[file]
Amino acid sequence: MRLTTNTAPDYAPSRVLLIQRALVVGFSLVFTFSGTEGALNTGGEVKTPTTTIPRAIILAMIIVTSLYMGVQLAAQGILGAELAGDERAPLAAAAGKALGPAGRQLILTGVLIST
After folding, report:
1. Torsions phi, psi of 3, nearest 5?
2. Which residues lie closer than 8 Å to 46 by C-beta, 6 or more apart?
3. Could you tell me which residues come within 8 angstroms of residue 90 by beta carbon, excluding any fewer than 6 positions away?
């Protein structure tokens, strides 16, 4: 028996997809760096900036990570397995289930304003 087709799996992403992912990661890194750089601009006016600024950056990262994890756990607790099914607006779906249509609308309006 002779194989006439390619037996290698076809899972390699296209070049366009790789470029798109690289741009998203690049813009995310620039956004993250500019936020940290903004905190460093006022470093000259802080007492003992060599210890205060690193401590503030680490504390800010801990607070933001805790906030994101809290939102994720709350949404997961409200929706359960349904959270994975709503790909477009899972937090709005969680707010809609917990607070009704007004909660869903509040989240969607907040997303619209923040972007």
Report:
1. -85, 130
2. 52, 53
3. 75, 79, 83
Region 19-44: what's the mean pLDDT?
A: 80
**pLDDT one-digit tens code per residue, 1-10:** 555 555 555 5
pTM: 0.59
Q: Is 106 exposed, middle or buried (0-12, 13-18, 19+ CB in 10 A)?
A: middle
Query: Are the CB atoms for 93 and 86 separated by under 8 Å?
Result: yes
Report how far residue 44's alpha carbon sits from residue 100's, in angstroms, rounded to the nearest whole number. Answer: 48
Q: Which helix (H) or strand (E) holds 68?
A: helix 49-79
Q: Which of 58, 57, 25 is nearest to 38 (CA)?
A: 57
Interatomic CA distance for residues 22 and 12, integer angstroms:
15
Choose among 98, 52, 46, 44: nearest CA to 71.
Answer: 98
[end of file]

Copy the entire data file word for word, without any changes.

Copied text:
Amino acid sequence: MRLTTNTAPDYAPSRVLLIQRALVVGFSLVFTFSGTEGALNTGGEVKTPTTTIPRAIILAMIIVTSLYMGVQLAAQGILGAELAGDERAPLAAAAGKALGPAGRQLILTGVLIST
After folding, report:
1. Torsions phi, psi of 3, nearest 5?
2. Which residues lie closer than 8 Å to 46 by C-beta, 6 or more apart?
3. Could you tell me which residues come within 8 angstroms of residue 90 by beta carbon, excluding any fewer than 6 positions away?
């Protein structure tokens, strides 16, 4: 028996997809760096900036990570397995289930304003 087709799996992403992912990661890194750089601009006016600024950056990262994890756990607790099914607006779906249509609308309006 002779194989006439390619037996290698076809899972390699296209070049366009790789470029798109690289741009998203690049813009995310620039956004993250500019936020940290903004905190460093006022470093000259802080007492003992060599210890205060690193401590503030680490504390800010801990607070933001805790906030994101809290939102994720709350949404997961409200929706359960349904959270994975709503790909477009899972937090709005969680707010809609917990607070009704007004909660869903509040989240969607907040997303619209923040972007």
Report:
1. -85, 130
2. 52, 53
3. 75, 79, 83
Region 19-44: what's the mean pLDDT?
A: 80
**pLDDT one-digit tens code per residue, 1-10:** 555 555 555 5
pTM: 0.59
Q: Is 106 exposed, middle or buried (0-12, 13-18, 19+ CB in 10 A)?
A: middle
Query: Are the CB atoms for 93 and 86 separated by under 8 Å?
Result: yes
Report how far residue 44's alpha carbon sits from residue 100's, in angstroms, rounded to the nearest whole number. Answer: 48
Q: Which helix (H) or strand (E) holds 68?
A: helix 49-79
Q: Which of 58, 57, 25 is nearest to 38 (CA)?
A: 57
Interatomic CA distance for residues 22 and 12, integer angstroms:
15
Choose among 98, 52, 46, 44: nearest CA to 71.
Answer: 98